Obstructive Sleep Apnea is a common and serious sleep disorder that causes you to stop breathing during sleep. The airway repeatedly becomes blocked, limiting the amount of air that reaches your lungs. When this happens, you may snore loudly or making choking noises as you try to breathe. Your brain and body becomes oxygen deprived and you may wake up. This may happen a few times a night, or in more severe cases, several hundred times a night.
In many cases, an apnea, or temporary pause in breathing, is caused by the tissue in the back of the throat collapsing. The muscles of the upper airway relax when you fall asleep. If you sleep on your back, gravity can cause the tongue to fall back. This narrows the airway, which reduces the amount of air that can reach your lungs. The narrowed airway causes snoring by making the tissue in back of the throat vibrate as you breathe.
Sleep apnea can make you wake up in the morning feeling tired even though you have had a full night of sleep. During the day, you may feel fatigued, have difficulty concentrating or you may even unintentionally fall asleep. This is because your body is waking up numerous times throughout the night, even though you might not be conscious of each awakening.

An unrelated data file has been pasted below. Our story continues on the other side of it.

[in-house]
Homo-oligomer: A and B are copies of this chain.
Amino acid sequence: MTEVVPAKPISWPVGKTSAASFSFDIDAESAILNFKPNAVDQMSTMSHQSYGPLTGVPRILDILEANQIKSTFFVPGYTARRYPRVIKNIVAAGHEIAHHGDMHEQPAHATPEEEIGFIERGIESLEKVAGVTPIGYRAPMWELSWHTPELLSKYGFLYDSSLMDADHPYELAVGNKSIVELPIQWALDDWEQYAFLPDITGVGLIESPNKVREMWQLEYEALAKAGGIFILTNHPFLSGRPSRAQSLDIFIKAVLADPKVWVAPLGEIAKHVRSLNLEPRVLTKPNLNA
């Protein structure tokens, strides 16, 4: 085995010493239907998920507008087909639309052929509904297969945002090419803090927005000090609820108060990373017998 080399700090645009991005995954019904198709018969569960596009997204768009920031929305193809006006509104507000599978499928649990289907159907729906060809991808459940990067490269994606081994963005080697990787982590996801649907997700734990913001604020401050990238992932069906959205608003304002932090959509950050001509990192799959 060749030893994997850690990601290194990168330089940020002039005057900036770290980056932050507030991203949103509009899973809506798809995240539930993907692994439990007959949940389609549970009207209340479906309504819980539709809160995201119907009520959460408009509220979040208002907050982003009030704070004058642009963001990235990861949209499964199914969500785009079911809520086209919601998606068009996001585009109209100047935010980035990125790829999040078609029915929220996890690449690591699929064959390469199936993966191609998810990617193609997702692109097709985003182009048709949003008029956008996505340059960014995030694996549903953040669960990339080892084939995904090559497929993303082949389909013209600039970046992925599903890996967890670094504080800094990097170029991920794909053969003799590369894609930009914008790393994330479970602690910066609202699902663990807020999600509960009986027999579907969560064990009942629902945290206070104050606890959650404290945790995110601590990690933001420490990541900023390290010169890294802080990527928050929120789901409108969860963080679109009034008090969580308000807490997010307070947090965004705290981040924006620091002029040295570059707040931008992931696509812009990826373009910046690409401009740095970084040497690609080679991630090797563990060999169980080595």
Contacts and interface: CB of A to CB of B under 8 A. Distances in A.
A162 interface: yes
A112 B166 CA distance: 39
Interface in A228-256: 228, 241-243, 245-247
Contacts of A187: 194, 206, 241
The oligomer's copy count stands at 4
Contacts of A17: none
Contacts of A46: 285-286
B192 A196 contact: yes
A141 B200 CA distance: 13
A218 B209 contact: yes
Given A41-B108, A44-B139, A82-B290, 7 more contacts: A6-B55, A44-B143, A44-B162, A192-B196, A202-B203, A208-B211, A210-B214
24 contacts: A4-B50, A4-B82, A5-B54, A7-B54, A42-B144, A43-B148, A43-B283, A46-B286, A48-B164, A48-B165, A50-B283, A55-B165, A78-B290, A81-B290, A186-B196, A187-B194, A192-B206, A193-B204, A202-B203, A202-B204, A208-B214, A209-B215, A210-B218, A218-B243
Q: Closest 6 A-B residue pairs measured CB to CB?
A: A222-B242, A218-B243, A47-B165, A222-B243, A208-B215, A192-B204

The lack of oxygen your body receives can have negative long-term consequences for your health. This includes:
- High blood pressure
- Heart disease
- Pre-diabetes and diabetes
There are many people with sleep apnea who have not been diagnosed or received treatment. Dr. Brian Weeks specializes in two surgical ways to treat sleep apnea:
Balloon Sinuplasty In-Office
Pillar® Procedure Treatment
Listen To Dr. Weeks Talk About Sleep Apnea
Oprah Radio host Dr. Laura Berman talks with Dr. Brian Weeks, director of minimally invasive head and neck surgery at Senta clinic in San Diego, about what sleep apnea is and popular treatments. Plus, they talk with a caller who is having side effects from surgery to get rid of his sleep apnea.